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Chapter 29: Family Reunion

Saffron and Sage visit their hometown
An image of a mortar and pestle is overlaid with the text "Saffron and Bear" and "Chapter 29: Family Reunion"

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“This hill isn’t as big as I remembered it,” Sage said as she and Saffron climbed together.

“No,” Saffron agreed. “I guess we were just smaller.”

Bear seemed to think the hill was plenty big; he had refused to walk up it and insisted on perching on Saffron’s shoulder.

It wasn’t just the hill: everything about the town where they grew up seemed smaller. Saffron would have sworn there had been more houses, that the market square had been bigger, and that there had been more people in the streets. But she hadn’t lived here in a decade and had barely been home in the past few years. Maybe the town had changed, or maybe it was her.

The one thing that hadn’t changed was the apple trees. They still lined either side of the main road leading up to the top of the hill. The scent of apple blossoms floated over them as they trudged up the hill. The smell always brought back memories: walking home from school, following her mother on her rounds, running with Sage and the other kids as they played hide and seek.

Their mother’s house perched as always at the top of the hill, and it was smaller than she remembered, too. Had a whole childhood really fit into such a small space? It was hard to believe.

“Ready?” she asked Sage as they reached the door, painted a happy shade of purple.

“Of course,” Sage said with a casual shrug. “Why wouldn’t I be?”

But Saffron saw the way she wiped her hands on her skirt.

Saffron knocked and a few moments later the door was flung open.

“My girls!” their mother gushed, grinning at them both.

“Hi mom, it’s good to see you.” Saffron hugged her mom. Bear hopped off her shoulder and twined around the older woman’s legs.

“You too, dear. And you, mister handsome. Here to eat all my fish again, are you?” Her mother bent to scratch his head.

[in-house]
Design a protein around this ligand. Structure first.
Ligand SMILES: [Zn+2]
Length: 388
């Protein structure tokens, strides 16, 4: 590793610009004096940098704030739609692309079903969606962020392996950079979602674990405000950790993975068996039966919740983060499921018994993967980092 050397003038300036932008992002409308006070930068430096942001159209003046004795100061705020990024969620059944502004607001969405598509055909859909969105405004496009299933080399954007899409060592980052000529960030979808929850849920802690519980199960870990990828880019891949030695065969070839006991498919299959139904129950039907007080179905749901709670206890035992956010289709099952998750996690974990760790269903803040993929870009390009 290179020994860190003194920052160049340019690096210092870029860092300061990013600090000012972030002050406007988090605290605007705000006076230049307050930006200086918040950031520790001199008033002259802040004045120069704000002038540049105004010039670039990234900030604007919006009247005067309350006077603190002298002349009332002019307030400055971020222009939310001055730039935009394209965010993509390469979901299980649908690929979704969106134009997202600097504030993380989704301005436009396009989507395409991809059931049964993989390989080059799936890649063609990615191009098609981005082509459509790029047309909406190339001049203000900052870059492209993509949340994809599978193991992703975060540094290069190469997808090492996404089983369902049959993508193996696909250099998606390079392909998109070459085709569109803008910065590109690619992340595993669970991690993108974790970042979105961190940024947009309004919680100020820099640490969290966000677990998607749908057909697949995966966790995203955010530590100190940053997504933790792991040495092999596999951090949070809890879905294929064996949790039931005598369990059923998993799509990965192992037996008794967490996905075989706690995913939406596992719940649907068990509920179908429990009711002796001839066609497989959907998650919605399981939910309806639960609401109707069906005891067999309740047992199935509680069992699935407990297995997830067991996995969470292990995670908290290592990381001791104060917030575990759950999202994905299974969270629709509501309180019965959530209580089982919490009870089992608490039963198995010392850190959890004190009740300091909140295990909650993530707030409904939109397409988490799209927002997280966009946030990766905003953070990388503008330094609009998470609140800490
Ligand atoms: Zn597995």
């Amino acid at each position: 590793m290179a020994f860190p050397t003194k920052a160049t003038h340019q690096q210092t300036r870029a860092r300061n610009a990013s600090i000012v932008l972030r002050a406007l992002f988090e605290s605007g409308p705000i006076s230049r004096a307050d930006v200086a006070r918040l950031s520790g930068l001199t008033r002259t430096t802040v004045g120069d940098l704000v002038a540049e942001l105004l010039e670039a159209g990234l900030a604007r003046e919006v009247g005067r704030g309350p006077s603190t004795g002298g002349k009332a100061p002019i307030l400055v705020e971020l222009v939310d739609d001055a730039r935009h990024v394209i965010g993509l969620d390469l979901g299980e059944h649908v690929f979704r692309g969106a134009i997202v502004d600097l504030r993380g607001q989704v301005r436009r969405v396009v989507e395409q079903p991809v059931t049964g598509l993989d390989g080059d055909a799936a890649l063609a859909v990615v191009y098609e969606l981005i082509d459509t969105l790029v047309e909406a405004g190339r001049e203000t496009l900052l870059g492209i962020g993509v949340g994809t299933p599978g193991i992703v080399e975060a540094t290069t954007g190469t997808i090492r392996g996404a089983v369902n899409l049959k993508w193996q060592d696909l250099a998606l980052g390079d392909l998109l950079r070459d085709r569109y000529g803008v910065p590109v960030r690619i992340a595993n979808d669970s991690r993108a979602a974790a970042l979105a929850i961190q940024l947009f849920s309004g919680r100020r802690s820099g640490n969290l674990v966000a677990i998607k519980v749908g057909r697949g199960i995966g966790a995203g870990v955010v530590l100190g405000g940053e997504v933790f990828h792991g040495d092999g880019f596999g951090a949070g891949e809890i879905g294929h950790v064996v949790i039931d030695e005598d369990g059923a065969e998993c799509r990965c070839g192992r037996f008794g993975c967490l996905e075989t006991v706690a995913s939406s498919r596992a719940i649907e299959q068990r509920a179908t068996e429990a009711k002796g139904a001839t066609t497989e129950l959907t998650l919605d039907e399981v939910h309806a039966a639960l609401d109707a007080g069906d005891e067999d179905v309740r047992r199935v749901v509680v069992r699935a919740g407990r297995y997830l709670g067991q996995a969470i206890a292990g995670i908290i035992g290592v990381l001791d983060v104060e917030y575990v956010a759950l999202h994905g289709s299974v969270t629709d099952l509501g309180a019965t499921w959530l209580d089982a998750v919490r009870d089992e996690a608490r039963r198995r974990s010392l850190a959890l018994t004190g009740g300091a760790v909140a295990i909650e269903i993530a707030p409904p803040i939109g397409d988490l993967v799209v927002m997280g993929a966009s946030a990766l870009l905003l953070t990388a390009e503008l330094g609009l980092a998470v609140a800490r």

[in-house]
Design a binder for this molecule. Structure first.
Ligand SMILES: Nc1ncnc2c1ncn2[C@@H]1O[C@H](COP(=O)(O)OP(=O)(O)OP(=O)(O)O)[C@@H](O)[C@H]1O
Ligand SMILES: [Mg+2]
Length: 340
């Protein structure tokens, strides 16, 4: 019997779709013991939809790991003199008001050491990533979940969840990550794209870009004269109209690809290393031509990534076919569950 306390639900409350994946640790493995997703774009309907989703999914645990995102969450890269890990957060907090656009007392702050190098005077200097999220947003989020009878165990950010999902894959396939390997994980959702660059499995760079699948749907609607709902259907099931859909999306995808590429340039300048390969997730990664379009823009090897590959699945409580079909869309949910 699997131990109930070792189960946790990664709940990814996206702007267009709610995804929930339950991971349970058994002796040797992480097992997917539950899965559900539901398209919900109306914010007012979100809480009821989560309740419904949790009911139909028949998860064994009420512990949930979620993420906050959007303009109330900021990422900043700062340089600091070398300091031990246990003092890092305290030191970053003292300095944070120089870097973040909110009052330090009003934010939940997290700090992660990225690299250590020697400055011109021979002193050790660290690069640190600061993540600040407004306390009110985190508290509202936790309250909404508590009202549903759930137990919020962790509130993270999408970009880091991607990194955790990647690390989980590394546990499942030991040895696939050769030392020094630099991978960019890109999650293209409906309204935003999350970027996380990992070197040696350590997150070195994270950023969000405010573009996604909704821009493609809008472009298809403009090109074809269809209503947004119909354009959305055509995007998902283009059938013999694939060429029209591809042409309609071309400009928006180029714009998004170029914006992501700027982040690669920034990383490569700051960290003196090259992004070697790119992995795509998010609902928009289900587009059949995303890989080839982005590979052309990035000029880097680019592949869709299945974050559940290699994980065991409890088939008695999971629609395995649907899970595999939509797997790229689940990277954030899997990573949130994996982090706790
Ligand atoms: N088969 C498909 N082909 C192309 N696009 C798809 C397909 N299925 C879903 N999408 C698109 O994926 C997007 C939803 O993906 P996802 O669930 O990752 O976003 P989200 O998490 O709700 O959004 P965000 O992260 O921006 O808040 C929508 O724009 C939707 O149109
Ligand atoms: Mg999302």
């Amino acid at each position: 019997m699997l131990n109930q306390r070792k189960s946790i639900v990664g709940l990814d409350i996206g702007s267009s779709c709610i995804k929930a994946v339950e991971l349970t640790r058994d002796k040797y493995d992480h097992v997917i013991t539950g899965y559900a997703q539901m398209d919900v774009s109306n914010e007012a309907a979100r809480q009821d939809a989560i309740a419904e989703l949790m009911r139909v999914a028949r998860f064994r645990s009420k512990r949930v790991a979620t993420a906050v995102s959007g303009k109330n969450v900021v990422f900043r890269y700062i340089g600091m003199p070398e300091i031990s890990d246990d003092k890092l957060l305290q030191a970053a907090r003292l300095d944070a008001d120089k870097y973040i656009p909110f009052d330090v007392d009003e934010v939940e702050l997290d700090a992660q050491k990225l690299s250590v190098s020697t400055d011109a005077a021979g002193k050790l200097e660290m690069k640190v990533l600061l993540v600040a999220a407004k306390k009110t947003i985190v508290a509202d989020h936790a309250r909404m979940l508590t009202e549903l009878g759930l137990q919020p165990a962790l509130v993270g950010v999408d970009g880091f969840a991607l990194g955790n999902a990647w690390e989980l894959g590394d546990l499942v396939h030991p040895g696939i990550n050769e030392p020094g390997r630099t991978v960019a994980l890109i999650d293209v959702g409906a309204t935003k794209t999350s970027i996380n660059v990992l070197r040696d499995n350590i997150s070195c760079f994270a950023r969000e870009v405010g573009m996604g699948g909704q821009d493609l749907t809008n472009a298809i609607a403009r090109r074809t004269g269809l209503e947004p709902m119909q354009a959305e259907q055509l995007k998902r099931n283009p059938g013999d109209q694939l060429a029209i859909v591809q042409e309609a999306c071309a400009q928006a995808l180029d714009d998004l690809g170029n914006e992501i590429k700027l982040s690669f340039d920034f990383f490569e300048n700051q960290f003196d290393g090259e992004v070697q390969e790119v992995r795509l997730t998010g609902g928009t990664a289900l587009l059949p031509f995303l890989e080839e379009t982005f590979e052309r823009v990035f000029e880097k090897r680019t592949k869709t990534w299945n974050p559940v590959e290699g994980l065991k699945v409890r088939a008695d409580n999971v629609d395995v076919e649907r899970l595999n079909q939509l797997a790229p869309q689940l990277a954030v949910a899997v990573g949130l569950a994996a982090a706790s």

“Hey, mom,” Sage said quietly.

“Sage.” Her mother’s voice had gone soft and Saffron took a step inside, taking off her shoes and cloak to give them an illusion of privacy, though she saw that her mother squeezed Sage just a little tighter than necessary. “I’m so happy you’re here.”

“Me too.”

It was Sage’s first trip home since she’d returned from the house. Although she’d written to their mom, she hadn’t made the journey last year, and it was just too difficult to travel in the winter. It was two days' ride by mail coach each way, and Saffron couldn’t leave town for that long at the hardest time of year. She hated even to leave it now, with the threat of whatever Professor Burton was doing lingering, but when Sage suggested they both make the trip she hadn’t been able to refuse.

Bear quickly made himself at home on a sunny windowsill, where he settled in for a thorough grooming to remove the dust of their travels.

Their mother had clearly been in the midst of sorting and preparing spell ingredients when they arrived; the table was covered in bundles of herbs both fresh and dried, seeds, stones, and candles. Saffron and Sage both sat down and set to work helping her. They tried to shoo her off to sit and rest while they worked, but she wasn’t having it.

“I’m not so old as that, girls,” she protested. “I still take care of this whole town by myself, you know.”

“Of course, mom, but you should let us help while we’re here,” Saffron insisted. “When was the last time you had a break?”

“Maybe you shouldn’t have to look after the whole town alone. Maybe no one should,” Sage added with a pointed look at Saffron.

“It has been nice having Sage with me to help out this past year,” Saffron said. “And Alistair helping with so many repairs for us.”

“When do I get to meet this Alistair, anyway?” their mom asked.

“Don’t change the subject.” Sage brushed the question off. “Isn’t it about time for you to take on an apprentice?”

“The Academy did write to me about this year,” their mom admitted with a sigh. “Maybe next year.”

“That sounds like a great idea,” Saffron approved. “Wouldn’t it be great to have someone else to help out?”

“I’ve been looking after this town for over twenty-five years,” she said. “I’m not ready to pass it on yet.”

“Mom, you know that’s not how it works. An apprenticeship will take a few years, and then you’ll work together until you’re ready to retire. Some witches work for years after their apprentice is done training.”

“I know. It still feels like defeat, though.”

“Just think about it,” Sage urged her. “Besides, if you had an apprentice, then you’d have time to come visit us and meet Alistair.”

The conversation turned to lighter topics then. Saffron’s hands were busy with the familiar tasks and her mind busy with the conversation. The sun streamed in on her back and her best friend purred on his ledge nearby. For a little while, her worries dropped away and she enjoyed a few moments of peace for as long as it would last.

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Katie Conrad is a speculative fiction writer living in Halifax, Nova Scotia. You can find her on twitter, instagram, and tumblr.